tactical while she continued attending to the strategic big picture. Managing both is important. We needed to make the trip safely (tactical) and get there and back successfully (strategic) without spending the night in the lava field-a deal breaker for this particular project.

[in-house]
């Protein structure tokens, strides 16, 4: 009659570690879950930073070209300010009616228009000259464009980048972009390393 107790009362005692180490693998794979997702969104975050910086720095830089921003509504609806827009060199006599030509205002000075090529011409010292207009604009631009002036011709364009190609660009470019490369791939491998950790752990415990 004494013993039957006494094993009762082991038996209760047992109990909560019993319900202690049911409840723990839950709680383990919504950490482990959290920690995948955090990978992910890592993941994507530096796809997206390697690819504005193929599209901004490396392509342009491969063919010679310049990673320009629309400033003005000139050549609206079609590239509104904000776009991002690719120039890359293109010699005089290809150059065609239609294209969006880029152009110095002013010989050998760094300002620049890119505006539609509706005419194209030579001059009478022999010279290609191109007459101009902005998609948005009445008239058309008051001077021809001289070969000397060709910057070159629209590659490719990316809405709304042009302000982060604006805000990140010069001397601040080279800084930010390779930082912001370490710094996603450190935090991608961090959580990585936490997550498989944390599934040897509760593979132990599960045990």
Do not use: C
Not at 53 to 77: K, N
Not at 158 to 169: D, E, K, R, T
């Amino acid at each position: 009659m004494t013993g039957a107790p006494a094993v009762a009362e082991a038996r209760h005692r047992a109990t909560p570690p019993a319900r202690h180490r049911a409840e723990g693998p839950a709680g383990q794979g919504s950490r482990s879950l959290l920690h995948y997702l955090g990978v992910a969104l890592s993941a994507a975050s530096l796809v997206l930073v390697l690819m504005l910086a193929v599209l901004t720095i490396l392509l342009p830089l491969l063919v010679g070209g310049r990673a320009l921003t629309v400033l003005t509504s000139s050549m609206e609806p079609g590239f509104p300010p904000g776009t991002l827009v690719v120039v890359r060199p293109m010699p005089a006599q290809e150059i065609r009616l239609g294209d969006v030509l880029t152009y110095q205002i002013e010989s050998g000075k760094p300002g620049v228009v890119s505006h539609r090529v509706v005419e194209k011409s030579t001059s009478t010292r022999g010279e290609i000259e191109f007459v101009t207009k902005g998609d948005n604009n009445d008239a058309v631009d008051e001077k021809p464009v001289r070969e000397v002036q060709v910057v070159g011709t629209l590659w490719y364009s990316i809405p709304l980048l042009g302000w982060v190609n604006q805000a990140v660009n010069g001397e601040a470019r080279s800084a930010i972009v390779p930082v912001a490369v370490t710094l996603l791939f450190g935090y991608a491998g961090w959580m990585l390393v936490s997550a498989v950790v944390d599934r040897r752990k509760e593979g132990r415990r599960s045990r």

Anyone who has delivered bad news to a sponsor will recognize that my initial reaction of denial when confronted with reality is common. I was extremely disappointed and it took a little time for me to reconcile what I wanted (see lava) and the new information about what it would cost (sleeping in the lava field without provisions). Mrs. Hall is an experienced project manager who recognized the pattern and was patient with me-giving me time to consider the implications of her reasoning. I love and trust her, so it didn't take me too long to come around to the unpleasant truth. In the face of my denial, less experienced project managers might choose to become belligerent and argue-which just slows things down and can damage relationships, or become placating and allow themselves to be talked out of their position by a desperate sponsor-to everyone's future dismay. Good project managers try to deliver timely and accurate information and give their sponsors a little space to deal with their disappointment and return to rational thinking. In the end, I wasn't happy about turning around, but we didn't end up sleeping in the lava fields either.